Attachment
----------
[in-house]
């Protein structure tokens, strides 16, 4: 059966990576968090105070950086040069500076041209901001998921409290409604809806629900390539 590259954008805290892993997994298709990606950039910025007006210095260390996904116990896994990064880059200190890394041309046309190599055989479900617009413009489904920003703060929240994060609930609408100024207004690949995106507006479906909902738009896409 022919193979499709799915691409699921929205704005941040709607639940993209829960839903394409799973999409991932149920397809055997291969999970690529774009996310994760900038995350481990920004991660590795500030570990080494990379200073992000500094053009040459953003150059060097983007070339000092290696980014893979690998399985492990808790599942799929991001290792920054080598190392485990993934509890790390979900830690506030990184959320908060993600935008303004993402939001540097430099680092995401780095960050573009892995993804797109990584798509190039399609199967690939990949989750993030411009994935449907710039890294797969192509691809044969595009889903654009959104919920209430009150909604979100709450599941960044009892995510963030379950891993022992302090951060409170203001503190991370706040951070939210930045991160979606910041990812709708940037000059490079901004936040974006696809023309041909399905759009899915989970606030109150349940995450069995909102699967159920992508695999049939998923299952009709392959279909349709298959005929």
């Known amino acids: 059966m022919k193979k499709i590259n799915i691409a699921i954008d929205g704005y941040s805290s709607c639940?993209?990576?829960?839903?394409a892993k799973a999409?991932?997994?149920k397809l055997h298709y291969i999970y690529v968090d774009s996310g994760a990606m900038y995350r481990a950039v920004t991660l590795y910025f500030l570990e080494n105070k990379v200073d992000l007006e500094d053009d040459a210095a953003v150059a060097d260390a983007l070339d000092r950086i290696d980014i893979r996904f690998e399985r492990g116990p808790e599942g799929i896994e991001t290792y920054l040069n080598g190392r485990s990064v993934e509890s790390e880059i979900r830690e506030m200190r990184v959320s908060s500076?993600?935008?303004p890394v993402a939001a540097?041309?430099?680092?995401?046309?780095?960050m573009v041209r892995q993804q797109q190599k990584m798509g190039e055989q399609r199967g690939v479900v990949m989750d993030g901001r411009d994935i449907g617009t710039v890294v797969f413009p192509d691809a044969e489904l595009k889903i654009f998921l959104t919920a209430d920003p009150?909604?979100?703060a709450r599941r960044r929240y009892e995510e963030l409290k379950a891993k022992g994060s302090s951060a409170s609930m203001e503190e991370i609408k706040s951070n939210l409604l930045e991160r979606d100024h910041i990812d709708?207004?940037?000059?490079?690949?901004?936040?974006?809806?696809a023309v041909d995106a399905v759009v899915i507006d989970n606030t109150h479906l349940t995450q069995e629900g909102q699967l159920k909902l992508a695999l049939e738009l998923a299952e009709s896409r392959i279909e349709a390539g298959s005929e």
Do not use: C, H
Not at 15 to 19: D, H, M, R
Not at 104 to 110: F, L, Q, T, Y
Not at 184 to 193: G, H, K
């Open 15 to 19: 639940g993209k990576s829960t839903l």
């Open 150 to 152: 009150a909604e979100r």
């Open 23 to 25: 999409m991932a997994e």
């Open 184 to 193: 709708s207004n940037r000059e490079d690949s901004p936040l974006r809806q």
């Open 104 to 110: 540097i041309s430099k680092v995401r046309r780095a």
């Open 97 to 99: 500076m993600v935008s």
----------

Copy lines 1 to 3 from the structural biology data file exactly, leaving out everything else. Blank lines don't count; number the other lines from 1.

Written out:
[in-house]
């Protein structure tokens, strides 16, 4: 059966990576968090105070950086040069500076041209901001998921409290409604809806629900390539 590259954008805290892993997994298709990606950039910025007006210095260390996904116990896994990064880059200190890394041309046309190599055989479900617009413009489904920003703060929240994060609930609408100024207004690949995106507006479906909902738009896409 022919193979499709799915691409699921929205704005941040709607639940993209829960839903394409799973999409991932149920397809055997291969999970690529774009996310994760900038995350481990920004991660590795500030570990080494990379200073992000500094053009040459953003150059060097983007070339000092290696980014893979690998399985492990808790599942799929991001290792920054080598190392485990993934509890790390979900830690506030990184959320908060993600935008303004993402939001540097430099680092995401780095960050573009892995993804797109990584798509190039399609199967690939990949989750993030411009994935449907710039890294797969192509691809044969595009889903654009959104919920209430009150909604979100709450599941960044009892995510963030379950891993022992302090951060409170203001503190991370706040951070939210930045991160979606910041990812709708940037000059490079901004936040974006696809023309041909399905759009899915989970606030109150349940995450069995909102699967159920992508695999049939998923299952009709392959279909349709298959005929």
């Known amino acids: 059966m022919k193979k499709i590259n799915i691409a699921i954008d929205g704005y941040s805290s709607c639940?993209?990576?829960?839903?394409a892993k799973a999409?991932?997994?149920k397809l055997h298709y291969i999970y690529v968090d774009s996310g994760a990606m900038y995350r481990a950039v920004t991660l590795y910025f500030l570990e080494n105070k990379v200073d992000l007006e500094d053009d040459a210095a953003v150059a060097d260390a983007l070339d000092r950086i290696d980014i893979r996904f690998e399985r492990g116990p808790e599942g799929i896994e991001t290792y920054l040069n080598g190392r485990s990064v993934e509890s790390e880059i979900r830690e506030m200190r990184v959320s908060s500076?993600?935008?303004p890394v993402a939001a540097?041309?430099?680092?995401?046309?780095?960050m573009v041209r892995q993804q797109q190599k990584m798509g190039e055989q399609r199967g690939v479900v990949m989750d993030g901001r411009d994935i449907g617009t710039v890294v797969f413009p192509d691809a044969e489904l595009k889903i654009f998921l959104t919920a209430d920003p009150?909604?979100?703060a709450r599941r960044r929240y009892e995510e963030l409290k379950a891993k022992g994060s302090s951060a409170s609930m203001e503190e991370i609408k706040s951070n939210l409604l930045e991160r979606d100024h910041i990812d709708?207004?940037?000059?490079?690949?901004?936040?974006?809806?696809a023309v041909d995106a399905v759009v899915i507006d989970n606030t109150h479906l349940t995450q069995e629900g909102q699967l159920k909902l992508a695999l049939e738009l998923a299952e009709s896409r392959i279909e349709a390539g298959s005929e």